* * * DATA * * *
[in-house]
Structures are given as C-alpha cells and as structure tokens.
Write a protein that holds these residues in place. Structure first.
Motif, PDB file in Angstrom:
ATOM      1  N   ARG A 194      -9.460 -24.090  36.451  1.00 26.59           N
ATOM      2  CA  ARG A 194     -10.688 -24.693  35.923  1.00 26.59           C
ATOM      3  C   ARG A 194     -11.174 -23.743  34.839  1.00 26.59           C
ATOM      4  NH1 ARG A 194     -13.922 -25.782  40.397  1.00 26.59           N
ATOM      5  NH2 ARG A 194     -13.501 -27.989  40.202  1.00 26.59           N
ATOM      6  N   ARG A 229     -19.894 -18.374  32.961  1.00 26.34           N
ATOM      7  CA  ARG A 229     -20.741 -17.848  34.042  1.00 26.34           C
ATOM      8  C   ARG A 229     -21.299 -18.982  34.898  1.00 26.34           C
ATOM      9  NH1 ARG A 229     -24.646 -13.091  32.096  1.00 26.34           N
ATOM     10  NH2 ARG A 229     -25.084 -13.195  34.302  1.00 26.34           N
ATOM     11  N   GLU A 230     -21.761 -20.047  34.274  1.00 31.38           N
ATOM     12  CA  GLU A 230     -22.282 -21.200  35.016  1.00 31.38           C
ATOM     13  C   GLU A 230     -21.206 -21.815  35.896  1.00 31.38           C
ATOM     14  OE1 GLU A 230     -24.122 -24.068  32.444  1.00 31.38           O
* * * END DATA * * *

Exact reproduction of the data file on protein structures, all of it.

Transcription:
[in-house]
Structures are given as C-alpha cells and as structure tokens.
Write a protein that holds these residues in place. Structure first.
Motif, PDB file in Angstrom:
ATOM      1  N   ARG A 194      -9.460 -24.090  36.451  1.00 26.59           N
ATOM      2  CA  ARG A 194     -10.688 -24.693  35.923  1.00 26.59           C
ATOM      3  C   ARG A 194     -11.174 -23.743  34.839  1.00 26.59           C
ATOM      4  NH1 ARG A 194     -13.922 -25.782  40.397  1.00 26.59           N
ATOM      5  NH2 ARG A 194     -13.501 -27.989  40.202  1.00 26.59           N
ATOM      6  N   ARG A 229     -19.894 -18.374  32.961  1.00 26.34           N
ATOM      7  CA  ARG A 229     -20.741 -17.848  34.042  1.00 26.34           C
ATOM      8  C   ARG A 229     -21.299 -18.982  34.898  1.00 26.34           C
ATOM      9  NH1 ARG A 229     -24.646 -13.091  32.096  1.00 26.34           N
ATOM     10  NH2 ARG A 229     -25.084 -13.195  34.302  1.00 26.34           N
ATOM     11  N   GLU A 230     -21.761 -20.047  34.274  1.00 31.38           N
ATOM     12  CA  GLU A 230     -22.282 -21.200  35.016  1.00 31.38           C
ATOM     13  C   GLU A 230     -21.206 -21.815  35.896  1.00 31.38           C
ATOM     14  OE1 GLU A 230     -24.122 -24.068  32.444  1.00 31.38           O